Age-related Macular Degeneration
What is Age-related Macular Degeneration?
Age-related macular degeneration (AMD) is a disease associated with aging that gradually destroys sharp central vision. We need central vision to see objects clearly and to perform common daily tasks such as reading and driving. AMD is a leading cause of vision loss in Americans 60 years of age and older.
There is no pain associated with AMD, and it can advance so slowly that people notice little change in their vision. However, others find that the disease progresses faster and may lead to a loss of vision in both eyes. Risk factors for AMD include being more than 50 years old, a family history of AMD, cigarette smoking, high blood pressure, and high cholesterol levels.
AMD affects the macula, the part of the eye that allows you to see fine detail. The macula is located in the center of the retina, the light-sensitive tissue at the back of the eye. The retina instantly converts light, or an image, into electrical impulses and sends these impulses, or nerve signals, to the brain.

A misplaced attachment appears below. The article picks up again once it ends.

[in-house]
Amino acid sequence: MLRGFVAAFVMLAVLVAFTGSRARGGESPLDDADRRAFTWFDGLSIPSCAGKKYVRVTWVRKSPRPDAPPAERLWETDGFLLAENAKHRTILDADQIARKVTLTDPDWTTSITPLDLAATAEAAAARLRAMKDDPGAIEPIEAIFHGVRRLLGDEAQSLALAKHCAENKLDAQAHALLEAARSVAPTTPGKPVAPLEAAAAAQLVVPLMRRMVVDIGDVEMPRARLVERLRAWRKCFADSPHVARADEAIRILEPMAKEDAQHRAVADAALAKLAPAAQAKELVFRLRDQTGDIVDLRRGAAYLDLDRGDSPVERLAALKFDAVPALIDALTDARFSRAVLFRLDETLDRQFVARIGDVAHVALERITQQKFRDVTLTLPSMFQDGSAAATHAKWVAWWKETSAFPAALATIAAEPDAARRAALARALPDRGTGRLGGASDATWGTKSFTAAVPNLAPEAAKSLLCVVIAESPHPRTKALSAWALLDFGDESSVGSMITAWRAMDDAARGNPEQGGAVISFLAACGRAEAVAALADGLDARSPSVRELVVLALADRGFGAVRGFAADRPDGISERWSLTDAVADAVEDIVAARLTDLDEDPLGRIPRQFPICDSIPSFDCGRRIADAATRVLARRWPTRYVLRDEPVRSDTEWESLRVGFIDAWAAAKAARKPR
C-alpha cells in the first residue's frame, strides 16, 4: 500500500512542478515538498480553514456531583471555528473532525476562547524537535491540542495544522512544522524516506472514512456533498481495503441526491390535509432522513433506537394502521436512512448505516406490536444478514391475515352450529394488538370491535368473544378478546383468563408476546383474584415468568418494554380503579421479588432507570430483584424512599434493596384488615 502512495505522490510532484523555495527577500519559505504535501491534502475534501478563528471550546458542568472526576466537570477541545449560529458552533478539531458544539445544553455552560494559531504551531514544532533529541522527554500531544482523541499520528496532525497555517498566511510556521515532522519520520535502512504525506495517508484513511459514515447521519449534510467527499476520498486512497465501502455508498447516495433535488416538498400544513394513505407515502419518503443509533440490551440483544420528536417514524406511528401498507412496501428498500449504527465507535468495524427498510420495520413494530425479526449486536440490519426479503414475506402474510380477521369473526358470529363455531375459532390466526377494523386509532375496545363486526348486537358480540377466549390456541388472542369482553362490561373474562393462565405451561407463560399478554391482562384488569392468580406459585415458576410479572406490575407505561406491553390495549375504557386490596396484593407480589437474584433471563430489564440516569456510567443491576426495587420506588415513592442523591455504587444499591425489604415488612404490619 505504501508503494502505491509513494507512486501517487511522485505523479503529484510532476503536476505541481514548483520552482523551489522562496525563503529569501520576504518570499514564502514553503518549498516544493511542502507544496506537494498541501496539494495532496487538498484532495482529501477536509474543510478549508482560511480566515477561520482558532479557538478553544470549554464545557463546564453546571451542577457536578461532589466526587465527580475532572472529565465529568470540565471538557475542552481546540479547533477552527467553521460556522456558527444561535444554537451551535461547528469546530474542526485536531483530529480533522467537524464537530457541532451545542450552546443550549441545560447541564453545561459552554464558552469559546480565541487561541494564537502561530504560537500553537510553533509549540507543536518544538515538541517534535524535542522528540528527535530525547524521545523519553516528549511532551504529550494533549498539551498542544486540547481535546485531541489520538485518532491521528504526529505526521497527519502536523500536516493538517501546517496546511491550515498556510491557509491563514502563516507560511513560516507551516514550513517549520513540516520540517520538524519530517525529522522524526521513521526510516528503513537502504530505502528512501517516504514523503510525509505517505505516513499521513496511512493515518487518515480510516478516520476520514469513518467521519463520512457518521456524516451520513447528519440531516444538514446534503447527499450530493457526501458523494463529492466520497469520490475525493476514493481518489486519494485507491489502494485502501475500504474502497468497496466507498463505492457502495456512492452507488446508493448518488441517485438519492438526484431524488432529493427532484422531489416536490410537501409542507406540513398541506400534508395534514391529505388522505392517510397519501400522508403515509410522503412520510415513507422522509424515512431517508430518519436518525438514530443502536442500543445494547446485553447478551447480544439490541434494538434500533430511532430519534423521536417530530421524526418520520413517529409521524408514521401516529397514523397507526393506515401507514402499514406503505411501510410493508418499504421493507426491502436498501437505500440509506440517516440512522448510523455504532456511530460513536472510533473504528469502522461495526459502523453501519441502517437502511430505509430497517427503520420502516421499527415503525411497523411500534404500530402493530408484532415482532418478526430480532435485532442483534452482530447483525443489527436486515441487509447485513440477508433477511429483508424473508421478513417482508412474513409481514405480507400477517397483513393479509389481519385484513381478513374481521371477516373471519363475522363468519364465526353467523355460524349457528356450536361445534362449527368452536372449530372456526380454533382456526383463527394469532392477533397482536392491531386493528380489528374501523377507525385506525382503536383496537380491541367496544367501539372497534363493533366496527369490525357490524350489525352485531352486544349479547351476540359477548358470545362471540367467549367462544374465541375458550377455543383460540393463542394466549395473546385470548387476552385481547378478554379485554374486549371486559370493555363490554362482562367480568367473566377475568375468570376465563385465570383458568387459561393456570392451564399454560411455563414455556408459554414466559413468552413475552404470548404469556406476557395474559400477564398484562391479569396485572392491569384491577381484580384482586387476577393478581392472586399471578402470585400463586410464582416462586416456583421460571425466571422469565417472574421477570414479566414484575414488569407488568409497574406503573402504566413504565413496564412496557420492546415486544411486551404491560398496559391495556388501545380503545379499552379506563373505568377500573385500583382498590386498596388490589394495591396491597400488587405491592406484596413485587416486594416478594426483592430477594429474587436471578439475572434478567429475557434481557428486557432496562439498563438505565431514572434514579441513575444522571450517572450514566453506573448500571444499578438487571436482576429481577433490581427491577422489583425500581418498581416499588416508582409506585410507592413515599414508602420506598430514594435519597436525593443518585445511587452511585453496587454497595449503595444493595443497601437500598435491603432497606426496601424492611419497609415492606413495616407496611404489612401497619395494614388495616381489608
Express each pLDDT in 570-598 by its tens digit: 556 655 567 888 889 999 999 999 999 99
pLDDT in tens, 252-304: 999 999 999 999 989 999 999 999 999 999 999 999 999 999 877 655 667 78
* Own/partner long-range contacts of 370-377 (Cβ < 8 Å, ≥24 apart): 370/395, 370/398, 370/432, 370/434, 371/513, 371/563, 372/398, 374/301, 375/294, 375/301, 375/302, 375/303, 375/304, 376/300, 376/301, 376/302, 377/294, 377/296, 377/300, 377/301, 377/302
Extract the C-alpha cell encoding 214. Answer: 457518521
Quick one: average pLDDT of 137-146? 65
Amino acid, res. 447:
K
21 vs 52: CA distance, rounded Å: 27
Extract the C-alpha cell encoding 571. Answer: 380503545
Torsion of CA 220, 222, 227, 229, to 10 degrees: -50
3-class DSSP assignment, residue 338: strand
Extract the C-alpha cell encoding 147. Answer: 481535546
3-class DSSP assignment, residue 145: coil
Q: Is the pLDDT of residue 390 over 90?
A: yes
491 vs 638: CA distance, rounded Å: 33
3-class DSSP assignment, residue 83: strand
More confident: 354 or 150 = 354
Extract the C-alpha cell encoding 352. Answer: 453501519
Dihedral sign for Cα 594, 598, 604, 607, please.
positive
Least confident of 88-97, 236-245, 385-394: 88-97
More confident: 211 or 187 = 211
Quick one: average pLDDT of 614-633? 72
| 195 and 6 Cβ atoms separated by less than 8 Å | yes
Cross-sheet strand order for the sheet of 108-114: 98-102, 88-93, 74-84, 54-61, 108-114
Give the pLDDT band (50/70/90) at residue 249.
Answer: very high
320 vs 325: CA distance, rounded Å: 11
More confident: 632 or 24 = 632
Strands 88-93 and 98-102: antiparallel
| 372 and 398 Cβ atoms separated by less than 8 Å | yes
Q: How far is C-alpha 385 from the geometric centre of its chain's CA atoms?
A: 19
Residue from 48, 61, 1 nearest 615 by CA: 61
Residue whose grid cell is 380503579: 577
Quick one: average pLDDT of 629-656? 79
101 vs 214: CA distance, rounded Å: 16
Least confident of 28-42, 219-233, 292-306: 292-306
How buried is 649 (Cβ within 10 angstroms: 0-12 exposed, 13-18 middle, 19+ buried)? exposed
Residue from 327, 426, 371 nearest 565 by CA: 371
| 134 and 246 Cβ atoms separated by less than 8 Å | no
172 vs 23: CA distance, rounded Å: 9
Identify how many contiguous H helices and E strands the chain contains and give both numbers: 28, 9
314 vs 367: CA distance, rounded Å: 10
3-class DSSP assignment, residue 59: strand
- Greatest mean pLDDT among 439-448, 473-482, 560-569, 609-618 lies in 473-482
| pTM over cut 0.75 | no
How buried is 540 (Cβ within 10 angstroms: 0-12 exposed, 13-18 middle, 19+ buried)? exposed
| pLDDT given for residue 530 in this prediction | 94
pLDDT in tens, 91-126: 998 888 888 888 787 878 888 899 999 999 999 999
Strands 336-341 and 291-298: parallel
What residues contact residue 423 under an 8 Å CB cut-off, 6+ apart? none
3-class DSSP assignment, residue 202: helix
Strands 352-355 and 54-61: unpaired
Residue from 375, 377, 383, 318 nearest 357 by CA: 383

Ophthalmologists divide AMD into two types: wet AMD and dry AMD.
About ten percent of all cases of AMD are classified as wet. Wet AMD occurs when abnormal blood vessels behind the retina start to grow under the macula. These new blood vessels tend to be very fragile and often leak blood and fluid. The blood and fluid raise the macula from its normal place at the back of the eye and cause rapid damage to the macula. With wet AMD, also known as advanced AMD, loss of central vision can occur quickly. It does not have stages like dry AMD.
About ninety percent of all AMD is classified as dry. Dry AMD occurs when the light-sensitive cells in the macula slowly break down, gradually blurring central vision in the affected eye. As dry AMD gets worse, you may see a blurred spot in the center of your vision. Over time, as less of the macula functions, you will gradually lose central vision in the affected eye.
Is AMD treatable?
Treatment by a retinal ophthalmologist can minimize or prevent vision loss caused by AMD. Contact Retina Vitreous Associates to schedule an appointment with one of our board-certified specialists.